Thank you, that pretty much affirms my thoughts on it as well. The lease I signed doesn't have anything even close to the matter other than I have to follow the HOA agreement, I don't deal with the HOA directly and can't find a copy of the agreement, but I also wanted to make sure there was nothing in that, I couldn't see how there would be though.
    – CumminUp07
    Commented Nov 9, 2020 at 18:57
  • 8
    @CumminUp07 why did you agree to follow the HOA agreement without knowing the provisions of the HOA agreement? I suspect very strongly that the HOA agreement does in fact place restrictions on the commercial use of the residential units. Such agreements usually do.
    – phoog
    Commented Nov 10, 2020 at 19:08
  • 4
    I don't mean to suggest that there's anything wrong with this answer. There is however certainly something wrong with signing a contract without understanding what you're agreeing to. But the main reason I wanted to comment was to explain in the face of the statement "I couldn't see how there would be [anything relevant in the HOA agreement]" that there is in fact very likely to be.
    – phoog
    Commented Nov 10, 2020 at 19:35
  • 3
    @prosfilaes "A Google listing certainly sets up a prima facie claim that he's running a business". This is extremely doubtful, and you cite no sources supporting your assertion. Anyone can easily create an advertisement or a Google listing regardless of whether the purported business exists. Conversely, running a business does not require the setting up of a Google listing. These two premises being so independent of each other, one falls short of establishing the prima facie element(s) of the other. Commented Nov 11, 2020 at 9:18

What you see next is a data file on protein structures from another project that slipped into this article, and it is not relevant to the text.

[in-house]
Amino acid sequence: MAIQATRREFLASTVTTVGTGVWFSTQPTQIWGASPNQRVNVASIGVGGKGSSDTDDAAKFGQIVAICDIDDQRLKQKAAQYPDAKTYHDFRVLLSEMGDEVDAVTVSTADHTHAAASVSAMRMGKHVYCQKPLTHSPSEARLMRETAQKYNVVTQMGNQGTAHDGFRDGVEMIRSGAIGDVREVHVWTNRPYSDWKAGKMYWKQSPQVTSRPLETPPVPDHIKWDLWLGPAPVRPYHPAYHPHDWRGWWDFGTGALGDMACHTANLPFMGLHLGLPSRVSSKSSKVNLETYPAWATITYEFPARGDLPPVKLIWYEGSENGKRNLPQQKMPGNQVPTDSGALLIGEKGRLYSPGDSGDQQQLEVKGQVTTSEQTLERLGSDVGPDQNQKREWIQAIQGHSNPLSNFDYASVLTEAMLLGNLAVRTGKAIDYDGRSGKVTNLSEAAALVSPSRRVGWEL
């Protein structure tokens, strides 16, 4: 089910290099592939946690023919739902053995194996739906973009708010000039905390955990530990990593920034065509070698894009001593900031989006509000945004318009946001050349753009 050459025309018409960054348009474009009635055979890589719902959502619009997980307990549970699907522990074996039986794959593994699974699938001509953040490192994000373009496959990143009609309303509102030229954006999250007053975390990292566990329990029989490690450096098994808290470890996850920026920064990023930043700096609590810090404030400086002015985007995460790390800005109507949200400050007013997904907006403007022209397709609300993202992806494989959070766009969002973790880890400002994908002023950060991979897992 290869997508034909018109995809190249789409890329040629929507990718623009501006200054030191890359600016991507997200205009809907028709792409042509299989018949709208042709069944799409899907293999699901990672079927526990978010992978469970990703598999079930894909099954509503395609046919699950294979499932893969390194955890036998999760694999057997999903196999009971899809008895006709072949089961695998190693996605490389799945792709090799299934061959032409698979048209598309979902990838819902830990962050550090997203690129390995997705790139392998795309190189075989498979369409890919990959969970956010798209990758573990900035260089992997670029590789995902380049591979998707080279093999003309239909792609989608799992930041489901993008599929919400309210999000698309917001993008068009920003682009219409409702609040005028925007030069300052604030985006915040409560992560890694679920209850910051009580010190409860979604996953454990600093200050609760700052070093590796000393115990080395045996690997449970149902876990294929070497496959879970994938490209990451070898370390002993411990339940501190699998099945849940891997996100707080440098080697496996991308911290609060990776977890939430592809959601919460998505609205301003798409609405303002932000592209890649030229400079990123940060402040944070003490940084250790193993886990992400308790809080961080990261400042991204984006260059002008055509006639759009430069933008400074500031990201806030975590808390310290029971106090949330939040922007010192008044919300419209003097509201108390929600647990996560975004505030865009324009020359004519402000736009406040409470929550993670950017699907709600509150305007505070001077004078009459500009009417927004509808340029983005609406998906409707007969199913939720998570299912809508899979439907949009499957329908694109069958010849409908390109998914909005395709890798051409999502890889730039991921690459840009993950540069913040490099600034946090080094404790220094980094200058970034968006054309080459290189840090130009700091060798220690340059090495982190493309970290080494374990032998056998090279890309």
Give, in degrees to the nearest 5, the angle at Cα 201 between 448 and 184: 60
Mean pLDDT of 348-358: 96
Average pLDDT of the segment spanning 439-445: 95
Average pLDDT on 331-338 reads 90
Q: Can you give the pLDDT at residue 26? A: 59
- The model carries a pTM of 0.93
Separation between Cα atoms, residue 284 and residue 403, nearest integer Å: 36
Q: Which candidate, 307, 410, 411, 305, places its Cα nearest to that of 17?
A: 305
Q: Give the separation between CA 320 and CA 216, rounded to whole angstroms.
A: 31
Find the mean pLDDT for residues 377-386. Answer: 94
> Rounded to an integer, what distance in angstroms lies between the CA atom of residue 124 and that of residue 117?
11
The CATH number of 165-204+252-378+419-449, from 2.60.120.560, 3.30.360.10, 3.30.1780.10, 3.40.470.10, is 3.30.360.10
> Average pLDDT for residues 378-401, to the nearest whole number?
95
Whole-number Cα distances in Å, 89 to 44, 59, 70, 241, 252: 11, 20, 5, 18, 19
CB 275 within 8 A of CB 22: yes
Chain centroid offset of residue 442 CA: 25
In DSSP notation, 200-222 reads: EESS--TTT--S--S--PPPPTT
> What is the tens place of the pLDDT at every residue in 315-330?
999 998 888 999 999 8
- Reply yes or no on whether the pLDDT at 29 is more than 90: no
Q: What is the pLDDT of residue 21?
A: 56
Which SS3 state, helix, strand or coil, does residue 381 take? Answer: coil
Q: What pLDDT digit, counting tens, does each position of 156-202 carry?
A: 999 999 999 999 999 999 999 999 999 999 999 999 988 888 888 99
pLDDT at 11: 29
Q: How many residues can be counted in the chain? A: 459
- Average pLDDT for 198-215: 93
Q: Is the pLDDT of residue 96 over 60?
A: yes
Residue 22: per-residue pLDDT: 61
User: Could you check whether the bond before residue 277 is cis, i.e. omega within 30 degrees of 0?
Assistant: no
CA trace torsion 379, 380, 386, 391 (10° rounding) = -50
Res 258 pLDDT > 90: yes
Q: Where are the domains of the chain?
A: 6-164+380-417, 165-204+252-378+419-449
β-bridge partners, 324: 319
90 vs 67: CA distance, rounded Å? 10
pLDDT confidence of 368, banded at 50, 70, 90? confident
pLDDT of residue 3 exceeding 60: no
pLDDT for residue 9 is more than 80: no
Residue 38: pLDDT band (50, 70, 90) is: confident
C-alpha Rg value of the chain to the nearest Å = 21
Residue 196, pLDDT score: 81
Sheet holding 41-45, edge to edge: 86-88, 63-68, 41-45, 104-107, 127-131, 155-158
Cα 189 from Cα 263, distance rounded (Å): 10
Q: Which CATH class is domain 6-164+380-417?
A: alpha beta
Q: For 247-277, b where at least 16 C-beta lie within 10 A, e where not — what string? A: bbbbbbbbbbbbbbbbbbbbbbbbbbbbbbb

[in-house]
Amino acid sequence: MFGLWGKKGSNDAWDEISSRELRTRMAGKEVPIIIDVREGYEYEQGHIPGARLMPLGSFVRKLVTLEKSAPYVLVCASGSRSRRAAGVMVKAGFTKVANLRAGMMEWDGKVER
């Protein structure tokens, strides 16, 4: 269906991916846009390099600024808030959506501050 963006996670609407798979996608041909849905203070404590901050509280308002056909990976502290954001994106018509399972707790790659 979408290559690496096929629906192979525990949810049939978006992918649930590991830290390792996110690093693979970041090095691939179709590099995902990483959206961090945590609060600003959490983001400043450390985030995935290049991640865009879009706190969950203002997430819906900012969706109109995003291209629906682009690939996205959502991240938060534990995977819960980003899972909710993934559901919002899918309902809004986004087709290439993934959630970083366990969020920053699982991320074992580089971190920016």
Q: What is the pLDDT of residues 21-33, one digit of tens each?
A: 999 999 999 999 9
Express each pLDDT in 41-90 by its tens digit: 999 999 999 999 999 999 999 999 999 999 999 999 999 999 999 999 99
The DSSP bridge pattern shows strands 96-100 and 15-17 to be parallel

• 3
    @prosfilaes This may be jurisdiction dependent, but in mine (UK), "prima facie" would imply that the fact is to be presumed unless rebutted. That will generally not be the case in civil proceedings unless there is a specific rule of law saying so for the particular scenario, or the claimant has provided evidence sufficient to prove his case on the balance of probabilities. A google listing to prove the existence of a bar at what is obviously a residential property, and which has already been justified by the defendant pre-trial, is very unlikely to hit that threshold.
    – JBentley
    Commented Nov 11, 2020 at 9:56

The legal position

You are quite clearly not running a business and if the matter went to court you could easily prove this be e.g. getting testimony from the people at the party, your testimony etc.

In any event, your landlord can’t “fine” you. Fines are a punishment and only government can punish people. They can sue you for breach of contract for damages (which are restitution not punishment) or to seek specific performance.

The practical position

Take the listing down.

Rightly or wrongly, it's souring your relationship with your landlord and their relationship with their HOA. Is having this mildly amusing joke worth damaging these relationships, particularly if you might want to renew your lease? The landlord might feel that they are better off with a tenant who doesn't cause them grief with their HOA.